1. Metals – Silver, Gold, Platinum, and Copper
  2. Energy – Crude oil, Natural gas, Gasoline, and Heating oil
  3. Agriculture – Corn, Beans, Rice, Wheat, etc.,
  4. Livestock and Meat – Eggs, Pork, Cattle, etc.

How to Trade in Commodities?

  1. Choose Your Market – Select the commodity you want to spread bet or trade CFDs on, such as Crude Oil Brent, Gold, or Natural Gas.
  2. Decide to buy or sell –Buy (go long) if you think prices will rise, or sell (go short) if you think prices will go down.
  3. Enter a trade size –Decide what amount of CFD you want to trade by the movement of each point (spread betting). The value of one unit can vary depending on the instrument you have selected to trade with when you trade CFD.
  4. Manage your risk – Select from a range of stop-loss orders including guaranteed stop-loss orders (GSLOs). They operate just the same as normal stop-loss orders, apart from that for a premium, they ensure that you will be closed off at the price you specify, irrespective of market fluctuations or gaps. When the GSLO is not triggered, the premium is reimbursed entirely.
  5. Monitor your position –Monitor your open positions (including any stop orders or take profit orders) after placing your trade to achieve your real-time profit or loss. Please remember that losses can exceed your deposits.
  6. Close your position – If your trade is not immediately terminated due to a stop or take profit order which is triggered, close your trade when you’re ready.

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Who Trade in Commodities?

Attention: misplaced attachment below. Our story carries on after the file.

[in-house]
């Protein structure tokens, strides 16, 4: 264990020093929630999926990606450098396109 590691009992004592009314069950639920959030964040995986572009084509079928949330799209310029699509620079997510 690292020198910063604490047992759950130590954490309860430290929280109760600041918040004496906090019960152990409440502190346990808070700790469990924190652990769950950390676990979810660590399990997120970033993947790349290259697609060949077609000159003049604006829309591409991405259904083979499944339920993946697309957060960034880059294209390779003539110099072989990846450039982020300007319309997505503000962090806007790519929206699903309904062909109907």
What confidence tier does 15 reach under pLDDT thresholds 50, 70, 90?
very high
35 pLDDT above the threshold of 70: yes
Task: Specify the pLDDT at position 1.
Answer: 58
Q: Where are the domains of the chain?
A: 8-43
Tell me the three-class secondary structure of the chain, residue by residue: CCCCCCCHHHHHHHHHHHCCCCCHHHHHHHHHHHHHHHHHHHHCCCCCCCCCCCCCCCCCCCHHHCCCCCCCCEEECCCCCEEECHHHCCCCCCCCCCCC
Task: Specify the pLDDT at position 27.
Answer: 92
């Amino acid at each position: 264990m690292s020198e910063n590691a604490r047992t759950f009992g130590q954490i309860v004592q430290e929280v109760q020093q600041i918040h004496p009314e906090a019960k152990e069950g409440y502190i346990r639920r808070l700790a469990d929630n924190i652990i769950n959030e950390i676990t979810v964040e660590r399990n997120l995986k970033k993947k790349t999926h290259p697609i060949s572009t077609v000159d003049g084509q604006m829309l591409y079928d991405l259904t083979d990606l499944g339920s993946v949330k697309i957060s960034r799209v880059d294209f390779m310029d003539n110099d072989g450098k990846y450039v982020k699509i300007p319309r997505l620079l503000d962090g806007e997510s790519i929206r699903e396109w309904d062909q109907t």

We can distinguish different market participants in the commodity market. We can split market participants into three categories:

1.Hedgers: They are commercial traders whose role in the market is to manage spot market risk.

2.Speculators: They are the ones who speculate on the direction of future prices with the main goal to make a profit.

3.Arbitrage: They seek to buy and sell the commodities to profit from the price differential across different markets.

Final Thoughts:

Commodities Trading depends on factors such as irregularity of monsoon, domestic and international government policies, technologies, natural calamities, etc. Hence it is advised that a person should only have a limited portion of commodities in their portfolio.  For investing in commodities, a person must understand the factors impacting a particular commodity’s price. To become a skilled commodity trader, you need to know all the commodity strategies and have a day-to-day market and economical knowledge.

Author- Moksha Gala

About the Author- Currently, a graduate in the field of accountancy and finance. Commerce has been a part of my life now. Exploring the available choices, finance was always distinct among them. Credits, investments, and markets were always a part of my interest. So decided to embrace finance as a career for life.